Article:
If any one of these three elements is lacking, bacterial overgrowth in the small intestine is likely to become a long-term problem.  It is unfortunately difficult to know whether you are already producing sufficient bile, acid, and enzymes, so some element of trial and error is needed when it comes to supplementing.

A stand-alone bile supplement is likely the best place to start, based on studies showing the ability of supplemental bile to improve psoriasis.[ii] Good options include:

The next step would be to add a supplement containing a combination of enzymes and betaine HCl (a source of hydrochloric acid). Here, the preferred choice is Thorne B.P.P.

This supplement contains betaine HCl, pepsin, and pancreatin. Pepsin is a powerful enzyme that breaks down protein in foods. Pancreatin is a combination of digestive enzymes (isolated from porcine pancreas) to break down fats, carbohydrates, and proteins. Pancreatin may be particularly useful if you are sensitive to starch, because it contains the enzyme amylase, which breaks down starch into simple sugars that can be more readily absorbed.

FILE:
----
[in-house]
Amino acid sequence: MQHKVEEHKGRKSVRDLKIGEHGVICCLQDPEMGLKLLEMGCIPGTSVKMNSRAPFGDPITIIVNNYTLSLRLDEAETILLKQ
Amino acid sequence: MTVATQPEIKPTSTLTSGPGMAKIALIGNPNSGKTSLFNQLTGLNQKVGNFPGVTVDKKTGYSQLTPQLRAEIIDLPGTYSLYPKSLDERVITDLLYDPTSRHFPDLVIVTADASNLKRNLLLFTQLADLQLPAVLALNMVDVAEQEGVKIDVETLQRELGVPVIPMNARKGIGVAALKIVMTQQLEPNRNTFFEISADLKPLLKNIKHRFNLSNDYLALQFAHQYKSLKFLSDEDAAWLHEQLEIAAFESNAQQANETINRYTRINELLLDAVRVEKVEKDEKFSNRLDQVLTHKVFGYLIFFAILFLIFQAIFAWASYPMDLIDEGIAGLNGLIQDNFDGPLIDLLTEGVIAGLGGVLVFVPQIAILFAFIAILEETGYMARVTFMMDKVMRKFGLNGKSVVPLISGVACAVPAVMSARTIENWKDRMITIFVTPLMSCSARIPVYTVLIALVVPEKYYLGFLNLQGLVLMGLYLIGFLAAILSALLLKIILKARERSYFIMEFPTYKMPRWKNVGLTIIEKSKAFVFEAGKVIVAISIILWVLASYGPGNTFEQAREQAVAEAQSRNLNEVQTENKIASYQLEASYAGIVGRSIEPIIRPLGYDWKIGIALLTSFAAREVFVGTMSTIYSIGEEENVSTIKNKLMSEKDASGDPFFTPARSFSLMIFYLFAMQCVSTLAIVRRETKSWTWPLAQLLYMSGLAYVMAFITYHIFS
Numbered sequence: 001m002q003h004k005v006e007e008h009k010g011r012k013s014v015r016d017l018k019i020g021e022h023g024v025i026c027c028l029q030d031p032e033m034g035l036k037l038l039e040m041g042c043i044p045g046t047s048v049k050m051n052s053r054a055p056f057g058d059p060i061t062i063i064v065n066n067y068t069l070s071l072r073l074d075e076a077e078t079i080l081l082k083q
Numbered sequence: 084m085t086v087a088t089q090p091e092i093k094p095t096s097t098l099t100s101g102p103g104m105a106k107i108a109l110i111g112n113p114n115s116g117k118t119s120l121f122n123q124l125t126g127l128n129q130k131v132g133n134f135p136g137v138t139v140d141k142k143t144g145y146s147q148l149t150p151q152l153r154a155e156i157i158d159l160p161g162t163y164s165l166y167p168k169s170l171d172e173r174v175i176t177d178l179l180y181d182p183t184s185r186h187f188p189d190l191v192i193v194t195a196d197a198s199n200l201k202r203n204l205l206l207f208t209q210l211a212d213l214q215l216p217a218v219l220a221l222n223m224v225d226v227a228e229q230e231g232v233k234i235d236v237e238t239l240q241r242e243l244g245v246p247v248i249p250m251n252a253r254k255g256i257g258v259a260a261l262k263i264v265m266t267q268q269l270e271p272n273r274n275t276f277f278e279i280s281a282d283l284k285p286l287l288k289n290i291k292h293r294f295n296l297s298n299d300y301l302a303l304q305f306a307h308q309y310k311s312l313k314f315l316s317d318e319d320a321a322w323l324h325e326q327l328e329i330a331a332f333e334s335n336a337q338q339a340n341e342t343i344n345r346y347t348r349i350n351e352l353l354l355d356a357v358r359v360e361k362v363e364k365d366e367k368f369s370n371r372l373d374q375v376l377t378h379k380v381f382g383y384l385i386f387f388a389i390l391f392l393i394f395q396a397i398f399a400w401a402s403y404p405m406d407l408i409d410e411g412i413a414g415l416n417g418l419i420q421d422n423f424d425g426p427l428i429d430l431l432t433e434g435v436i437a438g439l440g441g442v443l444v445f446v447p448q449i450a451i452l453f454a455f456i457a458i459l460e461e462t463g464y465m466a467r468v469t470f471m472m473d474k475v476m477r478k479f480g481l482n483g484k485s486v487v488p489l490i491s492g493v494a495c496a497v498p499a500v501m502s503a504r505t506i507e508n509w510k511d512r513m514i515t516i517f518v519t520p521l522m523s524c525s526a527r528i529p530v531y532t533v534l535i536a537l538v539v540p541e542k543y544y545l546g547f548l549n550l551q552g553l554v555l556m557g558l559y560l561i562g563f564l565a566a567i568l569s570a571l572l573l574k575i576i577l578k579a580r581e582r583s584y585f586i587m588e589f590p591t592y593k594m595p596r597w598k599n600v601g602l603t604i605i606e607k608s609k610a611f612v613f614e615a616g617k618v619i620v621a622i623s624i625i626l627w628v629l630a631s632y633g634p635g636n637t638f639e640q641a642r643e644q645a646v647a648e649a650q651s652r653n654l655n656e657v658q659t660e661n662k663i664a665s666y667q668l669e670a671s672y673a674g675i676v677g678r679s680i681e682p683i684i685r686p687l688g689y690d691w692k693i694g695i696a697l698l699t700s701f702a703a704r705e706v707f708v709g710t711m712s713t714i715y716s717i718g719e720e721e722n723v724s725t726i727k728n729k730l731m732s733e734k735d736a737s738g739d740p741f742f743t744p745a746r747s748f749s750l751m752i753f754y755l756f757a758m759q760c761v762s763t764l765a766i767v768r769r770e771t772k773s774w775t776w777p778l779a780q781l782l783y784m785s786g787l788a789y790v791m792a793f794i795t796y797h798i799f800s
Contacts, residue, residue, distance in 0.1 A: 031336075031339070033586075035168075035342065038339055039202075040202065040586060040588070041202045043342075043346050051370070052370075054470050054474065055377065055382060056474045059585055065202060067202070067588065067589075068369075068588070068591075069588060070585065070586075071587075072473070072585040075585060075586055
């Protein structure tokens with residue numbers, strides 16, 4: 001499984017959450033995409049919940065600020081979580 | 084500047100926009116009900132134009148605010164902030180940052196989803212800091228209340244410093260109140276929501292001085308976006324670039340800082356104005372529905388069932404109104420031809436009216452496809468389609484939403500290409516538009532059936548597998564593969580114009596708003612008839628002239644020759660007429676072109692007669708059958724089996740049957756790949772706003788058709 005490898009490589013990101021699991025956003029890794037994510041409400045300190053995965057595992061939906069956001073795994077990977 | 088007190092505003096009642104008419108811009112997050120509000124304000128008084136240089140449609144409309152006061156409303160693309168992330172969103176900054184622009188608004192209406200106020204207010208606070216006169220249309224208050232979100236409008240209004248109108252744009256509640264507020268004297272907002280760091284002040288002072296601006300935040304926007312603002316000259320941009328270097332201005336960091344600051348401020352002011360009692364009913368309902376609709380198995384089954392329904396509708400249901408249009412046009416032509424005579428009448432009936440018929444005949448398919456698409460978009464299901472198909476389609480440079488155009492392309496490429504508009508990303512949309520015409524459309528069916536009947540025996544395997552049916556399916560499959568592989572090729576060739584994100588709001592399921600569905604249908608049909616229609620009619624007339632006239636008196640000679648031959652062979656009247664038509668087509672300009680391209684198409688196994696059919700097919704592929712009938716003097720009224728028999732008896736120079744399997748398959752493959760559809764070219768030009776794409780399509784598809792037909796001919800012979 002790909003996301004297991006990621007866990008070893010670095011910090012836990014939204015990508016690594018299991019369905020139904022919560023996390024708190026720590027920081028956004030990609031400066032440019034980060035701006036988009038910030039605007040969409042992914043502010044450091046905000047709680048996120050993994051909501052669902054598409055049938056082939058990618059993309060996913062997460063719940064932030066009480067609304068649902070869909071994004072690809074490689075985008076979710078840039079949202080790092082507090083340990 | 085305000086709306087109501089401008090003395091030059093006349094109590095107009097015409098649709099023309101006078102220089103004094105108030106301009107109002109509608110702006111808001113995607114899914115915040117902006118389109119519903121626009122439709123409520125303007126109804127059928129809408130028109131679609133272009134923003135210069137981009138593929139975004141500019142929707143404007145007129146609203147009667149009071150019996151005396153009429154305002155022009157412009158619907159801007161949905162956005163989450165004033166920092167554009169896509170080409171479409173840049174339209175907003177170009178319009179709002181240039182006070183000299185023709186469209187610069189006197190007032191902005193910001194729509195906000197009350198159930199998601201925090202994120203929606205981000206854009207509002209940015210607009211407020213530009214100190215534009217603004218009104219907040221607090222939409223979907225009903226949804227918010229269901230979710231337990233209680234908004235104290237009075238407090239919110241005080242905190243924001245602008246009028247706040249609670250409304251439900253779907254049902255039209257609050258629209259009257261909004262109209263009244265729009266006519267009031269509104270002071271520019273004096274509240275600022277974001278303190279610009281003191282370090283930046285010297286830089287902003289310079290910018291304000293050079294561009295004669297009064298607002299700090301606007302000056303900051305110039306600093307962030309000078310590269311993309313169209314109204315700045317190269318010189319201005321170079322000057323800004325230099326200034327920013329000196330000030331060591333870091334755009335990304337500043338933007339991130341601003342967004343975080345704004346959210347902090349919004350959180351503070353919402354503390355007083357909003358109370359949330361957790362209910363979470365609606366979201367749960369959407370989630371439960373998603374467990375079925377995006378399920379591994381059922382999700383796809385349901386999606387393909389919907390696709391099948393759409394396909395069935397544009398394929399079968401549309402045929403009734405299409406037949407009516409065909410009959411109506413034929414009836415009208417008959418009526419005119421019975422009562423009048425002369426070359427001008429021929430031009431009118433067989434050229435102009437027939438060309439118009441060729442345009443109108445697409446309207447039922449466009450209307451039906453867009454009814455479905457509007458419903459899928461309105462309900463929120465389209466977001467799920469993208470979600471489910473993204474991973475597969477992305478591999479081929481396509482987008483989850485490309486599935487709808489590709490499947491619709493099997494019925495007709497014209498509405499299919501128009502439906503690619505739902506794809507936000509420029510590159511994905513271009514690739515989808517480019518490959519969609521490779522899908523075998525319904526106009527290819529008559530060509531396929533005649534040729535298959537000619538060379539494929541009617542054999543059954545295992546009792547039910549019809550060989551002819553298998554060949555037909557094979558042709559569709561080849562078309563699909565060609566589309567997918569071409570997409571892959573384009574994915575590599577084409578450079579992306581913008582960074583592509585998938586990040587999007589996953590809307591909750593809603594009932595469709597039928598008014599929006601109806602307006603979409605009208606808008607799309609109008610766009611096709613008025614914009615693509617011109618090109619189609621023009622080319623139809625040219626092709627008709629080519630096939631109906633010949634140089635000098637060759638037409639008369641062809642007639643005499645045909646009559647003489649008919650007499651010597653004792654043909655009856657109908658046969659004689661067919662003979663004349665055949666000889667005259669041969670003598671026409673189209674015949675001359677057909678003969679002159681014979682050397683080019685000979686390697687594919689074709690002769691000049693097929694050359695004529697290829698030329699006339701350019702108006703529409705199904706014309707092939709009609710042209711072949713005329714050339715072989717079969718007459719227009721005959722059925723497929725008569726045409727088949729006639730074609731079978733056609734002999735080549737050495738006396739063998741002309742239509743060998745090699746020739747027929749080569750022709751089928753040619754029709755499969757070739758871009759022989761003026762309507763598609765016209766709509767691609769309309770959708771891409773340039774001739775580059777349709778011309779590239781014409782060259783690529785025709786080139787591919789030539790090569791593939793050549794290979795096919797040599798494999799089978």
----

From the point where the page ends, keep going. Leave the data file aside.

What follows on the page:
If you do not feel that you need to supplement with pancreatin, there are many other good digestive supplements that include only Betaine HCl and Pepsin, such as:

Pepsin and pancreatin-derived enzymes are preferable to “plant-based” enzymes, which are typically produced by culturing aspergillus mold on soy or barley. These fungal enzymes have a significant risk of contamination with mold toxins and gluten and are therefore best avoided.


Another useful strategy to control bacterial overgrowth in the long term and prevent SIBO from returning is to take a “prokinetic.”  Prokinetics are medications or supplements that can boost the natural cleansing process of the small intestine.  The preferred option is Iberogast, a European herbal tonic that has been used for decades and studied in countless clinical trials. (Ingredients include licorice, angelica, lemon balm, and chamomile).